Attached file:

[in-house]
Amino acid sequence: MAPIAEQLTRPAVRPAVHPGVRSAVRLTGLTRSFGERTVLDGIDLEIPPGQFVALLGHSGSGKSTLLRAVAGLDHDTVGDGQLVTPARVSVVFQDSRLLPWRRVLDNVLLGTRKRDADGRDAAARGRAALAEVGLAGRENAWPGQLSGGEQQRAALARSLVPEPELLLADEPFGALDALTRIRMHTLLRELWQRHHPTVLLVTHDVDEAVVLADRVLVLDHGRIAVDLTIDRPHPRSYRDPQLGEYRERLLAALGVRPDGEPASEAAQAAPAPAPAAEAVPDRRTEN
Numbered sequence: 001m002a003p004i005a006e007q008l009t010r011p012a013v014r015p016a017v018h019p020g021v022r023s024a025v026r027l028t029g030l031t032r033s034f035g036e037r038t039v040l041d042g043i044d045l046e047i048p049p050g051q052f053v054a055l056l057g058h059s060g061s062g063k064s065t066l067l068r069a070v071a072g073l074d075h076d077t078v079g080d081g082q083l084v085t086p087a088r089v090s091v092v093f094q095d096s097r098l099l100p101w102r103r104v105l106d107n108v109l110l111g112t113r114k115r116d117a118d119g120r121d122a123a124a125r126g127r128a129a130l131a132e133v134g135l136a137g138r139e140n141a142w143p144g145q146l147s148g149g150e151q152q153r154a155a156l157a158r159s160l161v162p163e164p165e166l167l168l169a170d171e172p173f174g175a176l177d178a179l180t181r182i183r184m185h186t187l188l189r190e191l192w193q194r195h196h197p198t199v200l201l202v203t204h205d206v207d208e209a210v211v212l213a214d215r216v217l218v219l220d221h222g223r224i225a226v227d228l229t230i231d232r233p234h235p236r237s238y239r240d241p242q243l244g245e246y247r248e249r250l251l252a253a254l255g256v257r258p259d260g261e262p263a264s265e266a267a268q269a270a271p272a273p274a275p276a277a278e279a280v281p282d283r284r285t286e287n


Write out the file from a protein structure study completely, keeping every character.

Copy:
[in-house]
Amino acid sequence: MAPIAEQLTRPAVRPAVHPGVRSAVRLTGLTRSFGERTVLDGIDLEIPPGQFVALLGHSGSGKSTLLRAVAGLDHDTVGDGQLVTPARVSVVFQDSRLLPWRRVLDNVLLGTRKRDADGRDAAARGRAALAEVGLAGRENAWPGQLSGGEQQRAALARSLVPEPELLLADEPFGALDALTRIRMHTLLRELWQRHHPTVLLVTHDVDEAVVLADRVLVLDHGRIAVDLTIDRPHPRSYRDPQLGEYRERLLAALGVRPDGEPASEAAQAAPAPAPAAEAVPDRRTEN
Numbered sequence: 001m002a003p004i005a006e007q008l009t010r011p012a013v014r015p016a017v018h019p020g021v022r023s024a025v026r027l028t029g030l031t032r033s034f035g036e037r038t039v040l041d042g043i044d045l046e047i048p049p050g051q052f053v054a055l056l057g058h059s060g061s062g063k064s065t066l067l068r069a070v071a072g073l074d075h076d077t078v079g080d081g082q083l084v085t086p087a088r089v090s091v092v093f094q095d096s097r098l099l100p101w102r103r104v105l106d107n108v109l110l111g112t113r114k115r116d117a118d119g120r121d122a123a124a125r126g127r128a129a130l131a132e133v134g135l136a137g138r139e140n141a142w143p144g145q146l147s148g149g150e151q152q153r154a155a156l157a158r159s160l161v162p163e164p165e166l167l168l169a170d171e172p173f174g175a176l177d178a179l180t181r182i183r184m185h186t187l188l189r190e191l192w193q194r195h196h197p198t199v200l201l202v203t204h205d206v207d208e209a210v211v212l213a214d215r216v217l218v219l220d221h222g223r224i225a226v227d228l229t230i231d232r233p234h235p236r237s238y239r240d241p242q243l244g245e246y247r248e249r250l251l252a253a254l255g256v257r258p259d260g261e262p263a264s265e266a267a268q269a270a271p272a273p274a275p276a277a278e279a280v281p282d283r284r285t286e287n